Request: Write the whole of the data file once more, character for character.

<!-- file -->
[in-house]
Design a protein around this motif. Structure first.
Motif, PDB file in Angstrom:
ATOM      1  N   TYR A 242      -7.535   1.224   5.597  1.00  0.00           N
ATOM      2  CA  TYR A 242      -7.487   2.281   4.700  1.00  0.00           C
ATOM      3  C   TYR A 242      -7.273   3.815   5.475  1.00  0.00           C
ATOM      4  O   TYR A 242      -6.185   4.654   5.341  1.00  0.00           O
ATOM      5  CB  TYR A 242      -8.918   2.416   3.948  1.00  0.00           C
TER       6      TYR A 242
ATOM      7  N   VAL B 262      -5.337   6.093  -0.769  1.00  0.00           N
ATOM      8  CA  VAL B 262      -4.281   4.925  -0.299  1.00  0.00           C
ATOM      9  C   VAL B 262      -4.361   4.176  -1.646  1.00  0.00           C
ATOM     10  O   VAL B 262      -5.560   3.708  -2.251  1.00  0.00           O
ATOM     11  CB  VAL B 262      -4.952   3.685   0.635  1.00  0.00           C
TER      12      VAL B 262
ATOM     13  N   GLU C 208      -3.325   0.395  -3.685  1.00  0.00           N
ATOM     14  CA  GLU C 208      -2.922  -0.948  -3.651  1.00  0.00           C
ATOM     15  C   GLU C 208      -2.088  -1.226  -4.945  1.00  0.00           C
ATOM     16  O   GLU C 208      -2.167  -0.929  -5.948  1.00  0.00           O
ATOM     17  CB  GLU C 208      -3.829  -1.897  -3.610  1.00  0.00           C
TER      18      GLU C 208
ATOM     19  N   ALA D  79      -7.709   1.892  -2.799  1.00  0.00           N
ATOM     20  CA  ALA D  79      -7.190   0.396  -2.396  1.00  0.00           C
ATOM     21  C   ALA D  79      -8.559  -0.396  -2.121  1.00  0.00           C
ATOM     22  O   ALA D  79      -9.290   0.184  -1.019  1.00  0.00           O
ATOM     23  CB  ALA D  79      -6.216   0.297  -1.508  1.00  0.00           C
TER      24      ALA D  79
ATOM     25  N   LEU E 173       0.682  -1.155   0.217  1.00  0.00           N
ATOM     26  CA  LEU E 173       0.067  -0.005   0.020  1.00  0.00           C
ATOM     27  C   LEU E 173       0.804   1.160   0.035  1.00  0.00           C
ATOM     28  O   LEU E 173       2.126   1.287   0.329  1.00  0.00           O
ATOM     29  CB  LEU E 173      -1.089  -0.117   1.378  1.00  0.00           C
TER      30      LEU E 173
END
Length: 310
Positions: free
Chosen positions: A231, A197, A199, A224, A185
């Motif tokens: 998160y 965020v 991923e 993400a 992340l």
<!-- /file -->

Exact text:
[in-house]
Design a protein around this motif. Structure first.
Motif, PDB file in Angstrom:
ATOM      1  N   TYR A 242      -7.535   1.224   5.597  1.00  0.00           N
ATOM      2  CA  TYR A 242      -7.487   2.281   4.700  1.00  0.00           C
ATOM      3  C   TYR A 242      -7.273   3.815   5.475  1.00  0.00           C
ATOM      4  O   TYR A 242      -6.185   4.654   5.341  1.00  0.00           O
ATOM      5  CB  TYR A 242      -8.918   2.416   3.948  1.00  0.00           C
TER       6      TYR A 242
ATOM      7  N   VAL B 262      -5.337   6.093  -0.769  1.00  0.00           N
ATOM      8  CA  VAL B 262      -4.281   4.925  -0.299  1.00  0.00           C
ATOM      9  C   VAL B 262      -4.361   4.176  -1.646  1.00  0.00           C
ATOM     10  O   VAL B 262      -5.560   3.708  -2.251  1.00  0.00           O
ATOM     11  CB  VAL B 262      -4.952   3.685   0.635  1.00  0.00           C
TER      12      VAL B 262
ATOM     13  N   GLU C 208      -3.325   0.395  -3.685  1.00  0.00           N
ATOM     14  CA  GLU C 208      -2.922  -0.948  -3.651  1.00  0.00           C
ATOM     15  C   GLU C 208      -2.088  -1.226  -4.945  1.00  0.00           C
ATOM     16  O   GLU C 208      -2.167  -0.929  -5.948  1.00  0.00           O
ATOM     17  CB  GLU C 208      -3.829  -1.897  -3.610  1.00  0.00           C
TER      18      GLU C 208
ATOM     19  N   ALA D  79      -7.709   1.892  -2.799  1.00  0.00           N
ATOM     20  CA  ALA D  79      -7.190   0.396  -2.396  1.00  0.00           C
ATOM     21  C   ALA D  79      -8.559  -0.396  -2.121  1.00  0.00           C
ATOM     22  O   ALA D  79      -9.290   0.184  -1.019  1.00  0.00           O
ATOM     23  CB  ALA D  79      -6.216   0.297  -1.508  1.00  0.00           C
TER      24      ALA D  79
ATOM     25  N   LEU E 173       0.682  -1.155   0.217  1.00  0.00           N
ATOM     26  CA  LEU E 173       0.067  -0.005   0.020  1.00  0.00           C
ATOM     27  C   LEU E 173       0.804   1.160   0.035  1.00  0.00           C
ATOM     28  O   LEU E 173       2.126   1.287   0.329  1.00  0.00           O
ATOM     29  CB  LEU E 173      -1.089  -0.117   1.378  1.00  0.00           C
TER      30      LEU E 173
END
Length: 310
Positions: free
Chosen positions: A231, A197, A199, A224, A185
């Motif tokens: 998160y 965020v 991923e 993400a 992340l």